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6/1/13

On a more serious note: College advice... for boys.

Today I will watch one of my "kids" graduate high school. I was his nanny for a few years during his preschool and grade school days and it was my duty to guarantee his safety and help him navigate the early part of his journey through person-hood. The usual orders of the day included: make sure you remember to put on underwear, eat your vegetables or it will be hard to poop later, don't throw the stuffed dog at your sister even if she threw it at you first, don't take candy from strangers, and of course, always be yourself.

Now, thirteen years later, I still feel partly responsible for guaranteeing his safety and survival as he enters his college era of person-hood. Some of the messages are basically the same: don't forget your underwear (preferably clean), eat your veggies (preferably not deep-fat fried), don't throw the laptop at your sister even if she threw it at you first, don't take seemingly great credit card offers from strangers, and be yourself. Some are new: don't drink and drive, drugs could likely land you in jail or the hospital, don't plagiarize, go to class, change your sheets... all easy enough to add as a footnote at the bottom of his graduation card.

But then there is this one: Don't rape your drunk classmates.

A few weeks ago I came up with what I thought was a much more eloquent way of telling him this.  I told him to make sure he respected women, to make sure he always has consent and to help his female friends who find themselves in bad situations with booze and boys. His response was "You really think I'm gonna rape someone?"  "No. I don't think you are going to rape anyone. But I still needed to say it." Since then, I have been obsessing a bit on how I could have said it better.*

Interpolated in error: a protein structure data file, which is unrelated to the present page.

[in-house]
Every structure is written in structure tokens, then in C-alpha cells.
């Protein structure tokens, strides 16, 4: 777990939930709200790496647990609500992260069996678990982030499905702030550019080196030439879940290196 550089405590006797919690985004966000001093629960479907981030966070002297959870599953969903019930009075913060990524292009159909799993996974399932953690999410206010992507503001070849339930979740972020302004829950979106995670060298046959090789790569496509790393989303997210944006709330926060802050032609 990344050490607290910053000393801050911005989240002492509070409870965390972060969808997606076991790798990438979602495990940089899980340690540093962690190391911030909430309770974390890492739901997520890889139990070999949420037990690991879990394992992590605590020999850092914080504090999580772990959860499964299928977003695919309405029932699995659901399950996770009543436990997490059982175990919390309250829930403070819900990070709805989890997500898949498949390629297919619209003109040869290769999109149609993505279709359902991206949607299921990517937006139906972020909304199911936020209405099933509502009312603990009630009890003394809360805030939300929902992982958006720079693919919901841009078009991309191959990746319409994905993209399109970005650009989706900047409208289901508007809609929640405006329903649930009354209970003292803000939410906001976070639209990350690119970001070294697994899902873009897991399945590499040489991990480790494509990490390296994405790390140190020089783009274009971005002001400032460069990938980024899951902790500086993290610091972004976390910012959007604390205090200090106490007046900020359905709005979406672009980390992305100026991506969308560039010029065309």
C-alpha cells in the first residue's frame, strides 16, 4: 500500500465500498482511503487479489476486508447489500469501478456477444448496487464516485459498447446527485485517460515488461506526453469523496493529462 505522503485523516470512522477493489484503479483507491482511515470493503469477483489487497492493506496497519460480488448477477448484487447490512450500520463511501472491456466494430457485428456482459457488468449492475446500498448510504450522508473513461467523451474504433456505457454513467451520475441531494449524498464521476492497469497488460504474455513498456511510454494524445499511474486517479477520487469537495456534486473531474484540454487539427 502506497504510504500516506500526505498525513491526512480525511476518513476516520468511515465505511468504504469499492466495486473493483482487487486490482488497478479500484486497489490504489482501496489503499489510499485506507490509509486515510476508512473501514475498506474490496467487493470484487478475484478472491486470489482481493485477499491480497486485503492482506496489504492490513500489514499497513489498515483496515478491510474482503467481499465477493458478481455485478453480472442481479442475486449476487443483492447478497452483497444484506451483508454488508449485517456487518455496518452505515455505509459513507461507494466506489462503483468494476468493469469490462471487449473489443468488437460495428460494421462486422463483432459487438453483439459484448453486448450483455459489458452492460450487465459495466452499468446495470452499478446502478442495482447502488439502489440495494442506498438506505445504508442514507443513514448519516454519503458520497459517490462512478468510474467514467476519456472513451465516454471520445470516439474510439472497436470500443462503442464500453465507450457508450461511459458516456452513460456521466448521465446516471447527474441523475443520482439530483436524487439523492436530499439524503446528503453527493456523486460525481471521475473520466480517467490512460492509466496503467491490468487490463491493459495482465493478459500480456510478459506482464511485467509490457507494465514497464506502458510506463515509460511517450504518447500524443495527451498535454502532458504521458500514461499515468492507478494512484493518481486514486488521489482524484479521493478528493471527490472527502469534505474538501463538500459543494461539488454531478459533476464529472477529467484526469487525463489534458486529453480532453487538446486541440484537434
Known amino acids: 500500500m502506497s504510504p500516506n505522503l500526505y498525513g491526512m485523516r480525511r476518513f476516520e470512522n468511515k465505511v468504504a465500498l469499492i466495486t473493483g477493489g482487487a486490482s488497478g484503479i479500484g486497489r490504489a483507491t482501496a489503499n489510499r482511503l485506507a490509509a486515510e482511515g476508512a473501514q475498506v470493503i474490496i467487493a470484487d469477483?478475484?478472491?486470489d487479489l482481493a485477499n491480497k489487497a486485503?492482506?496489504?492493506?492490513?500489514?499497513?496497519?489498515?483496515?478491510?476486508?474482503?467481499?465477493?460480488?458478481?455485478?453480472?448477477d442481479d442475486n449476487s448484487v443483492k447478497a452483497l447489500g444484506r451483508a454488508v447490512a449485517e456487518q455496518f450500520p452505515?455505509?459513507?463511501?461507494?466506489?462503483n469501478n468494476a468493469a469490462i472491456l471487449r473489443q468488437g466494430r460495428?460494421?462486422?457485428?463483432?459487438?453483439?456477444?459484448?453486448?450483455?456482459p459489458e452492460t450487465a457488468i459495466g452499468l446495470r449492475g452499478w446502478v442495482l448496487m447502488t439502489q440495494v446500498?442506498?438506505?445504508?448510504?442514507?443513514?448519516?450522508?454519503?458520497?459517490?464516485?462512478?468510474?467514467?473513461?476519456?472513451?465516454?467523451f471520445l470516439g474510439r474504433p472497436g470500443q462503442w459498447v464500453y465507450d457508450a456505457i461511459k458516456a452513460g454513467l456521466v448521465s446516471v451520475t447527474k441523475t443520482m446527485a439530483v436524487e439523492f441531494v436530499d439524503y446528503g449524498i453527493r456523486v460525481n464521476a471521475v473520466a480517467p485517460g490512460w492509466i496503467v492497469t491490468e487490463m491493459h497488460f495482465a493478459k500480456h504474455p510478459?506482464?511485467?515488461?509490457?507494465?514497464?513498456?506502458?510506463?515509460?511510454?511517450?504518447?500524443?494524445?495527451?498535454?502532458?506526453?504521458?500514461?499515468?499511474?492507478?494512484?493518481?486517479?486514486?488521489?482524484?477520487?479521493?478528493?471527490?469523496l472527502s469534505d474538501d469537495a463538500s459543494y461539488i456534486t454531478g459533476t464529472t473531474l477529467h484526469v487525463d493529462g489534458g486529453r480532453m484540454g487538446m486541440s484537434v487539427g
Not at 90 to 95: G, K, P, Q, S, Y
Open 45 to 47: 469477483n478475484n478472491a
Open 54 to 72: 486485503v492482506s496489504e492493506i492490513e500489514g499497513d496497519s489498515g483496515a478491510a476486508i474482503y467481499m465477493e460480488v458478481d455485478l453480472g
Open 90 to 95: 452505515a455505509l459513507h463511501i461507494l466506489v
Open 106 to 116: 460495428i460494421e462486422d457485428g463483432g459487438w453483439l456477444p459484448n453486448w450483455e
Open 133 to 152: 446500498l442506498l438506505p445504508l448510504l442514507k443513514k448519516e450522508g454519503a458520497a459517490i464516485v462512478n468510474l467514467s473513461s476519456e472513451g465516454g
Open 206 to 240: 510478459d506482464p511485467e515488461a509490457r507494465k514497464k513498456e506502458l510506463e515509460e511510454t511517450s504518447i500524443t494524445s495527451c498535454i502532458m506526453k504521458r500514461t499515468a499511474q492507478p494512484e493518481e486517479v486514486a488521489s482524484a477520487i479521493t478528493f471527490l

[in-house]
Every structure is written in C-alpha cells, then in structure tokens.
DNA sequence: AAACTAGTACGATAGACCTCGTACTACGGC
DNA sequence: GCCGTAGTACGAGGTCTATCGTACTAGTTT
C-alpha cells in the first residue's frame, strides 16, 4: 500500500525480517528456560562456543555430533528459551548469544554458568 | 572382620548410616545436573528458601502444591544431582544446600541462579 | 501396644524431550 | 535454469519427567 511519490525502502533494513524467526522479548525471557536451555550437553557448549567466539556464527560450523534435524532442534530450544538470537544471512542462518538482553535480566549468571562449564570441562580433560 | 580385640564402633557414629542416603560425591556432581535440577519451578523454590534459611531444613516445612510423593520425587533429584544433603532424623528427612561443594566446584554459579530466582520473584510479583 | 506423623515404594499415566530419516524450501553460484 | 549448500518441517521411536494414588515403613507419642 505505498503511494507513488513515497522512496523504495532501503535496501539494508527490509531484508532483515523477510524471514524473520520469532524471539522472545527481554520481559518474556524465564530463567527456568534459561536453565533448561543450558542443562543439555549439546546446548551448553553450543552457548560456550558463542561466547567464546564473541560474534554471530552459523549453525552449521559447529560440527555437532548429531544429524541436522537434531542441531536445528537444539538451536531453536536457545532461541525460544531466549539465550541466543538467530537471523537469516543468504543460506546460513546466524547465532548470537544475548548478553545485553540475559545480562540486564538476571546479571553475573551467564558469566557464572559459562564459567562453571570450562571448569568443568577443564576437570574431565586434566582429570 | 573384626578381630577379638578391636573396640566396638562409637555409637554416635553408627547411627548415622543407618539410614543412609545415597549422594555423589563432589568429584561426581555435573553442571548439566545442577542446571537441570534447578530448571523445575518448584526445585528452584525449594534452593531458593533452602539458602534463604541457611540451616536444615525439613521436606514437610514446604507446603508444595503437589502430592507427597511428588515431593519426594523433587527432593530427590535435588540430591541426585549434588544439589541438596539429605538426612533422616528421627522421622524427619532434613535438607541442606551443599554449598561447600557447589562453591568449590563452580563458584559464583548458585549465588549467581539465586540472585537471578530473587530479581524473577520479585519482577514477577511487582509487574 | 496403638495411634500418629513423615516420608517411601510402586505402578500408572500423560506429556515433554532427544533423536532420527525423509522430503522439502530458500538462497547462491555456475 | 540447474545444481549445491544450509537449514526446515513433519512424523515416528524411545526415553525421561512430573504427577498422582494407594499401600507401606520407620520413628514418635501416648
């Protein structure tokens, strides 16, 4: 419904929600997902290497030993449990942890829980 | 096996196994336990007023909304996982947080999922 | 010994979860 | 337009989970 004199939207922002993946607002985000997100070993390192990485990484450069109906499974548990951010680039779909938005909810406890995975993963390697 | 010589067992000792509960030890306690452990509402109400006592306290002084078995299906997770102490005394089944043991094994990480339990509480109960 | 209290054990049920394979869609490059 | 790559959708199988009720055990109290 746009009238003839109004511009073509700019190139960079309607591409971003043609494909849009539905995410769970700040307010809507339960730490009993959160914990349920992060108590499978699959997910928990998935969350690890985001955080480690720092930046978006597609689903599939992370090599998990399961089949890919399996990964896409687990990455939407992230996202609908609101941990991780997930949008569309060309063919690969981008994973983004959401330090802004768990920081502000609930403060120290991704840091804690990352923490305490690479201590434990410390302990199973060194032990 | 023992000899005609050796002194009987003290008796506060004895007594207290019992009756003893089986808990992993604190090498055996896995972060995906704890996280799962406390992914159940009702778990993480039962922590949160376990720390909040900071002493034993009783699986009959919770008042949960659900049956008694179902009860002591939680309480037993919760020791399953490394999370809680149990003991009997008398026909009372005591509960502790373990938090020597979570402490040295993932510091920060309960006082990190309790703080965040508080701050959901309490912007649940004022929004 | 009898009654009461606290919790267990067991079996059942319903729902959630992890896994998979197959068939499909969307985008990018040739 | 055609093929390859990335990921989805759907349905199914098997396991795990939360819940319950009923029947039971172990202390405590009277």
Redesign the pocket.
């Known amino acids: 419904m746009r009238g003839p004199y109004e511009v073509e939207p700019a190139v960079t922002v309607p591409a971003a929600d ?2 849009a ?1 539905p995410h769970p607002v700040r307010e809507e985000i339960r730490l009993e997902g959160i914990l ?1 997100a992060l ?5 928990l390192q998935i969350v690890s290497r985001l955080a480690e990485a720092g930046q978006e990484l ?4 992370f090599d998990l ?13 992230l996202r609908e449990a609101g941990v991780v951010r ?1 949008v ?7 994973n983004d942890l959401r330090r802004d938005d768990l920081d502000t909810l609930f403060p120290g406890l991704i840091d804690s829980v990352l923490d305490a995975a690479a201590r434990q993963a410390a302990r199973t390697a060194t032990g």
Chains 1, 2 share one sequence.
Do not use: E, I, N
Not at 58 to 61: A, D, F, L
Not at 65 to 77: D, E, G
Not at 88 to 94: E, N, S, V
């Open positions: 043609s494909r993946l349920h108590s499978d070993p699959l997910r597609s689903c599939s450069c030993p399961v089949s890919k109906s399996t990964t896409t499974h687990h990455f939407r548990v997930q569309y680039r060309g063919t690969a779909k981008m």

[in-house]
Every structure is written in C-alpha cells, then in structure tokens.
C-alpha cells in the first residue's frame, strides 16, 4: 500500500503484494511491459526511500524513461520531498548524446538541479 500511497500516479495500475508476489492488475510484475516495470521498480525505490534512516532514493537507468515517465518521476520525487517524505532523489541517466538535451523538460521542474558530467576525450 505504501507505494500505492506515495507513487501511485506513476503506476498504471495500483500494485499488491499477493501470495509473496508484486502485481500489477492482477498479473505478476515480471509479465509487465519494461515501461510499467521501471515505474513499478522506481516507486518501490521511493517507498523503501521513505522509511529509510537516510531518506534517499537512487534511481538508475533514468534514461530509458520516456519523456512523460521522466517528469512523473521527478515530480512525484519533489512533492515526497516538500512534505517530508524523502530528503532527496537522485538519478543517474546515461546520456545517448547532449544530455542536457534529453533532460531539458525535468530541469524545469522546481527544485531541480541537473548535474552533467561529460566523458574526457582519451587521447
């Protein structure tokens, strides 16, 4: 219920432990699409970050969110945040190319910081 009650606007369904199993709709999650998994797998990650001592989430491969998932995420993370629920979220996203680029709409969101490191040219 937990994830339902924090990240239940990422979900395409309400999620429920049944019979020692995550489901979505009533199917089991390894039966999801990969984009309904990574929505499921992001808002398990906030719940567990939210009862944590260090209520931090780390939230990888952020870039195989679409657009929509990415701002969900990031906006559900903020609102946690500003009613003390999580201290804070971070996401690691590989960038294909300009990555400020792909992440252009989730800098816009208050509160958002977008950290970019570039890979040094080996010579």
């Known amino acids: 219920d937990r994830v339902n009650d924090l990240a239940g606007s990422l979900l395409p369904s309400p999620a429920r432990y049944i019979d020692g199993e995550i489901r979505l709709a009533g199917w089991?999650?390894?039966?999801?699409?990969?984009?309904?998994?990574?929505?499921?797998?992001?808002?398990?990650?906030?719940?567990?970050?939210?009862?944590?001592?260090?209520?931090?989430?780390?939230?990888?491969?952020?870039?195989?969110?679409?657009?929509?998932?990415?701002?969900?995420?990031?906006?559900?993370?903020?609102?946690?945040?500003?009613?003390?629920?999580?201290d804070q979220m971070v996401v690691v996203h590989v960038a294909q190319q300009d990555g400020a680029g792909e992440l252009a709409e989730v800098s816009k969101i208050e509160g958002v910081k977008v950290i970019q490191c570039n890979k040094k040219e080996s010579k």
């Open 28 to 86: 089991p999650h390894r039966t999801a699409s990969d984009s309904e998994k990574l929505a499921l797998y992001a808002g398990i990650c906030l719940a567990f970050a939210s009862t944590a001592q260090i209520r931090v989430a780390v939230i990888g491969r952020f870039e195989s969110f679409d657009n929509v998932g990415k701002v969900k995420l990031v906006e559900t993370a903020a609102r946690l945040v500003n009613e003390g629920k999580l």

I don't think he is a rapist. I don't think he is a psychopath. I don't think he is violent. I don't think he hates women. I don't think he is a sex maniac. I don't think he grew up around people that abused him.  I don't think it is in his nature to harm anyone or anything.

But he needs to hear the words.

Because here is what I know. I know that he has grown up in a culture that teaches us all that women can be playthings. Ours is a culture where violence against women is justifiable, especially if they are wearing low-cut tops or short-cut bottoms. It's a culture that saturates our minds with images teaching us that wearing lip gloss means fuck me and that when a girl lies down it is appropriate for three shirtless men to be on top of her. This is a culture where sexual encounters are tallied and compared, where bragging rights belong to those with the highest number and where rape is common to up the tally and gang rape with photos and video are used to prove sexual encounters. And a culture where drunk means yes and where sex is a game.

These are the ideas that have seeped into his consciousness without his permission. These are the ideas that when mixed with liquor and heavy peer pressure may surface without his permission. This is why he needs to hear the word rape in association with his own decisions. This is why it needs to be added into the mix of ideas embedded in his head.  The message 'don't rape your drunk classmates' needs to be given, explained, discussed, rehearsed -  not to serve as an order, but to give it just as much room in young minds as the cultural messages that point the opposite direction. And for us to work just as hard to give young men the vocabulary to say NO to rape as much as as we do for girls to say NO to rape.


*Dear Mr. Graduate,
Here is how I should have answered your question about thinking you would rape someone: No, I do not think you would ever rape anyone. My main message is that I love you and I want you to always be aware of what the world is throwing at you without your permission so that you can  be your true self and not the self others demand or try to design. Keep your eyes open and always be aware and critical of cultural messages - regarding everything, not just sex. Be your true, awesome, loving, and brilliant self.
Cami



1 comment:

Mary Klein said...

Powerful advice courageously written, Cami. Your graduate is a lucky young man to have you in his life. Thank you for sharing this.